In this component flow (see Figure 7) the current outdoor and indoor temperature readings are received over MQTT. If the outdoor temperature falls below 4 °C a warning message is prepared in the PrepMail node and sent to the operator in the SendM node. Temperature readings, after normalization, are fed to the twoinput Regulator node, where they are compared with the target value set by the SlTemp slider node. The Regulator node computes the control values for the heaters and for the fan and sends them to the actuator board using MQTT. This controller does not use any difficult mathematics. Instead, a simple series of thresholds are defined and the power to the heating lamps is adjusted in discrete steps. Depending on the indoor and outdoor temperature levels the fan will contribute either to heating or to cooling the greenhouse. In order to avoid large spikes in current draw when several loads are switched simultaneously, the MQTT messages are sent with delays of between 500 ms and 1500 ms. Again, information about the status of the flow is displayed on the dashboard.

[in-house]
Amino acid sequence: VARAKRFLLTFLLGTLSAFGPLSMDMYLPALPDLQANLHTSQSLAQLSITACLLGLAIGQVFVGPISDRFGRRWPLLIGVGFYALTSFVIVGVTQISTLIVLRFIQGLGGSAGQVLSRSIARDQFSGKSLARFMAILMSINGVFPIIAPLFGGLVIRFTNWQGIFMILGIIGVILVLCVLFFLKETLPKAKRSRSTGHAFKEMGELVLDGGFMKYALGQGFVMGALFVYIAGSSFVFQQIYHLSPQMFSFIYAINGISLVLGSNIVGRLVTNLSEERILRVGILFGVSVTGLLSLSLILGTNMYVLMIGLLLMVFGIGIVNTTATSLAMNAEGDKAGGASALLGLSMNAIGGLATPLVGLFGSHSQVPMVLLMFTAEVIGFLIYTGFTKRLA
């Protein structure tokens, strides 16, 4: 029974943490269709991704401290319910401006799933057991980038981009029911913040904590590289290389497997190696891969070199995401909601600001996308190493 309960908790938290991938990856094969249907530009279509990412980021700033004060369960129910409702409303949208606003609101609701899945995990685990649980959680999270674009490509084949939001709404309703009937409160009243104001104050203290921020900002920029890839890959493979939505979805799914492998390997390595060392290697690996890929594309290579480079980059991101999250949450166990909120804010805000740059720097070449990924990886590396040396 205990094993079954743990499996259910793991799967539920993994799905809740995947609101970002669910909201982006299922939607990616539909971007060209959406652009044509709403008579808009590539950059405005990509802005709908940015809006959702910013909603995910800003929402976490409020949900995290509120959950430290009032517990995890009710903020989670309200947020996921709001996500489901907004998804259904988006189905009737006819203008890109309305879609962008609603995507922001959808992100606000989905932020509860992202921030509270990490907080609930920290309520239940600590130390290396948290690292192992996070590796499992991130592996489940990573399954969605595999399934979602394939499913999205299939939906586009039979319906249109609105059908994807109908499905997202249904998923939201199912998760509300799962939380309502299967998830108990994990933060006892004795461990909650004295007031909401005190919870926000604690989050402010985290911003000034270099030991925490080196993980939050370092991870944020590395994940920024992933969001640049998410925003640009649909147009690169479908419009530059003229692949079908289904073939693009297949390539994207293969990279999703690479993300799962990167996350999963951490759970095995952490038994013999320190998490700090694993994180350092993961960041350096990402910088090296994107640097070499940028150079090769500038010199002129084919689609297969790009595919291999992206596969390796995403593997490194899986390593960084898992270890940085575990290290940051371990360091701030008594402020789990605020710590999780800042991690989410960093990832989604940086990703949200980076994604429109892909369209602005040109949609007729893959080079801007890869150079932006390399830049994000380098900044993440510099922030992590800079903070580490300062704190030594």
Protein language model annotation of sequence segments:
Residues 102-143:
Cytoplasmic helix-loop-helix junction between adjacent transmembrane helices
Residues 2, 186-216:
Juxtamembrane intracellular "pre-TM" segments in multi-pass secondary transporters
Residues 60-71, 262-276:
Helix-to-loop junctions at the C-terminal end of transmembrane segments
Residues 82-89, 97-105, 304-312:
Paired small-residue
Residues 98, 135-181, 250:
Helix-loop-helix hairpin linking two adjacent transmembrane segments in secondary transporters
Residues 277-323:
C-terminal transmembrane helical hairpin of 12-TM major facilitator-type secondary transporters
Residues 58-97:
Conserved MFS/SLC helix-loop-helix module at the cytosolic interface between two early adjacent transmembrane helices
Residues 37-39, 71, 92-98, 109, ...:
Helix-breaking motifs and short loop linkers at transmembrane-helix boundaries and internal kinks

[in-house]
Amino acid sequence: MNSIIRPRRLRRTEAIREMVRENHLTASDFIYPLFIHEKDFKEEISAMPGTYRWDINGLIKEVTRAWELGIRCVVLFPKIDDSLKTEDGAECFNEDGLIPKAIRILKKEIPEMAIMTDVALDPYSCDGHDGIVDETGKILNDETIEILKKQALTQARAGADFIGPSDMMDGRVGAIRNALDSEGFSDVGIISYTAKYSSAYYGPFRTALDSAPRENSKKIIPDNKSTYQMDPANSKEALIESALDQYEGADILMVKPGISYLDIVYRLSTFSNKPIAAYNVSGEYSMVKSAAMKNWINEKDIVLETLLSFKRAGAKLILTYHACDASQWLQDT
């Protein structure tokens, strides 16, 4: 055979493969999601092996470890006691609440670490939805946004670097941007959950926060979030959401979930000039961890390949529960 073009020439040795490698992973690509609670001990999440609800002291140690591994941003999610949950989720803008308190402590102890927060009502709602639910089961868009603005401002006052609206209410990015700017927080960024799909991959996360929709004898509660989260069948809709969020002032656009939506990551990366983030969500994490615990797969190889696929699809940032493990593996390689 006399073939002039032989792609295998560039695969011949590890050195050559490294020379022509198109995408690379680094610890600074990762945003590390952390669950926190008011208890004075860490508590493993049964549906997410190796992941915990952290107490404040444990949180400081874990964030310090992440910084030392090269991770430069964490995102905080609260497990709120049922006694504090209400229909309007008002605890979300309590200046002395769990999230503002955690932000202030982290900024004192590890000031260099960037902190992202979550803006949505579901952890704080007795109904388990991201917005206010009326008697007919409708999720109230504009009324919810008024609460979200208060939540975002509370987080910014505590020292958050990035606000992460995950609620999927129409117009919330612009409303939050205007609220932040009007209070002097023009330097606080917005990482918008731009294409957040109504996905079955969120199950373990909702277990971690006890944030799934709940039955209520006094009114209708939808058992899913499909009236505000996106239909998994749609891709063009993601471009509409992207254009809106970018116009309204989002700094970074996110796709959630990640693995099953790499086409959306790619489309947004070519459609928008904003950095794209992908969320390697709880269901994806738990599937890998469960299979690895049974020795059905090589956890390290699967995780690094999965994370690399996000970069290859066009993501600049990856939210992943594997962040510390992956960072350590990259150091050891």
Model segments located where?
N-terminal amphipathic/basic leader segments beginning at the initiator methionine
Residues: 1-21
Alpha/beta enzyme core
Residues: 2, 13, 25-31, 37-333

www.elektormagazine.com

160434 EN IoT Greenhouse.indd 68

30/03/2018 10:35


Soil moisture level monitoring The air humidity and the soil moisture level readings are normalized and displayed on the dashboard. If the soil moisture level falls below 20 % a message is prepared in the PrepMail node and sent to the operator in the SendM node (see Figure 8).